Kelly was buried in Plot 66, Row 66 at St. Patrick's in Leytonstone, but the plot was "reclaimed" in the 1950s. Apparently, the cemetery keeper placed a memorial on the correct spot, though.

The businessman you mention did erect a larger memorial, but it was in the wrong place.

maximus otter
Ah, thanks again Max. The guy who put the larger headstone up (in the wrong place) must be he guy that is mentioned in the book.

Not far from St Patricks in Leytonstone is the City of London cemetery in Wanstead / Manor Park. Mrs DT grandmother rests there (and in all probability is where we will lay my own Dear Ma & Pa to rest)

It’s been a while since I have been, but I do recall Mary Ann Nichols and Cate Eddowes being buried there..
 

maximus otter

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Ah, thanks again Max. The guy who put the larger headstone up (in the wrong place) must be he guy that is mentioned in the book.

Not far from St Patricks in Leytonstone is the City of London cemetery in Wanstead / Manor Park. Mrs DT grandmother rests there (and in all probability is where we will lay my own Dear Ma & Pa to rest)

It’s been a while since I have been, but I do recall Mary Ann Nichols and Cate Eddowes being buried there..

Nichols: Common grave 210752, City of London cemetery, Manor Park (op. cit. p.201)

Eddowes: Common grave 49336 as above (op. cit. p.211)

maximus otter
 

Stormkhan

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As an ardent cynic as I am, to 'clear' someone's name you must prove them innocent of the crime.
As such, since the Ripper killings have remained unsolved - i.e. no clear (in courts consideration) guilt - the only way you can 'prove' the innocent of a crime is to find the guilty. Just saying "It wasn't him" is insufficient.
Even Agatha Christie grasped this bit of jurisprudence in Mrs McGinty's Dead, or The Crooked House. In many cases, unless you can utterly absolve someone from either the time or place of the killing - regardless of motive - then until you can name (and hopefully prosecute) the killer, they remain a suspect.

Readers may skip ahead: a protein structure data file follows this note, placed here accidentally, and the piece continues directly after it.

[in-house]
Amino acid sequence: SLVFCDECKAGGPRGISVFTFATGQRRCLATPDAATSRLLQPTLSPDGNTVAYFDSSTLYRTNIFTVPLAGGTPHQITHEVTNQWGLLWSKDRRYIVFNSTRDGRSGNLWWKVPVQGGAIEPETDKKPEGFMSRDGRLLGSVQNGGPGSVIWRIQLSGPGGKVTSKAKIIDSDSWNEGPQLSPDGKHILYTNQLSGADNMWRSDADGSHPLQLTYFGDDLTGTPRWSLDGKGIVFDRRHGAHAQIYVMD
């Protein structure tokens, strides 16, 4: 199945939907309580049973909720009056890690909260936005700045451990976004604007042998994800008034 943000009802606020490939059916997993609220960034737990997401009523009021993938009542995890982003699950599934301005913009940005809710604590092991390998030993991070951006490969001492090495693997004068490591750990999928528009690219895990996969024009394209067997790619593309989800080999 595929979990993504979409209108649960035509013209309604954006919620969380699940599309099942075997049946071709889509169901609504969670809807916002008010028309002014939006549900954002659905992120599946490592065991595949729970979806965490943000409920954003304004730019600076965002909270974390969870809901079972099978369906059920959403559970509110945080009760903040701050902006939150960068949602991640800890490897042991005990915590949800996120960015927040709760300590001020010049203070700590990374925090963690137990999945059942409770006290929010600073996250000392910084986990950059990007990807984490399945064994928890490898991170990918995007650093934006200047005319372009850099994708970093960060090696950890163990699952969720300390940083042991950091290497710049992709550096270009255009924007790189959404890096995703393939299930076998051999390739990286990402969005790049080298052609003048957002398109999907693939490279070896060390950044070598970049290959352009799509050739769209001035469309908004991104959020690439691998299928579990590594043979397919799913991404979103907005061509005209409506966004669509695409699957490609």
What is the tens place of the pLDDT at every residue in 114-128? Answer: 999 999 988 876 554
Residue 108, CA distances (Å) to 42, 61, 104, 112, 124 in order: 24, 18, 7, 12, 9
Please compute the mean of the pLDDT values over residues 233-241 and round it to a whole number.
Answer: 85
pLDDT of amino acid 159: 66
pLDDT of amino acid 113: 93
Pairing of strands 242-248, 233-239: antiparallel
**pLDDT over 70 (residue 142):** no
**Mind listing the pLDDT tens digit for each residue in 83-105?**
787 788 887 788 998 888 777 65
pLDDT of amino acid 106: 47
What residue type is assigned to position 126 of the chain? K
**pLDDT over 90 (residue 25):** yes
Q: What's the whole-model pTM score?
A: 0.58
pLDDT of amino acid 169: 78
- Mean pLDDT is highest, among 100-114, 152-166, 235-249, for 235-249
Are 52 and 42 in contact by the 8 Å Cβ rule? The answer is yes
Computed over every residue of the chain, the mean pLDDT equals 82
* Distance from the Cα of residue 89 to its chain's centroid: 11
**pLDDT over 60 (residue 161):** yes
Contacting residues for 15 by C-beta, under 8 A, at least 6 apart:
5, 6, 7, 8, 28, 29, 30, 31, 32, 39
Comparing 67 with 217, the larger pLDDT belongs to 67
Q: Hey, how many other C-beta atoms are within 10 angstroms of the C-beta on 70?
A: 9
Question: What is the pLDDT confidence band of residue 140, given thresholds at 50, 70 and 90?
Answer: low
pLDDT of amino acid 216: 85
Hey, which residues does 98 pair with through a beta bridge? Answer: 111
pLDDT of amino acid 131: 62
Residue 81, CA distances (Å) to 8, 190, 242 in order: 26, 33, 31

That was a prime motif of her 'cosies'; unless the murder is solved, and everyone else is exonerated, then everyone remains a suspect. Especially when the murder is unsolved and the murderer is unidentified.
 
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Ronnie Jersey

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And yet witnesses who saw the victims speaking to a man before death, all gave the description of a man in his late 20's - 30's.
 

Victory

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Vic, It is Interesting to hear that the tour guide thought Gull was he ripper.

Personally, I would have thought it highly unlikely. Gull was in his seventies at the time of the murders, and he had suffered a stroke the year before.

I know you said that it was his theory to tell and sell, but could you perhaps give us half a clue on why he though Gull was responsible..?


He believed Gull was protecting the Duke of Clarence who had a child with a Catholic lady.

That much was not the tour guide's discovery, nor did he claim it as such.

It is a theory that others have mentioned...first aired in the 1973 "Jack The Ripper" BBC TV series, based on a theory made by Joseph Sickert, an alleged son of the artist Walter Sickert. Who later publically retracted it.
Stephen Knight then wrote more on it, and it is covered by Alan Moore/Eddie Campbell in the "From Hell" graphic novel and Hughes Brothers film of the same name.
The tour guide mentioned this several times during the tour.

But the guide then told us other information about the Duke of Clarence and William Gull which he believed proved the theory.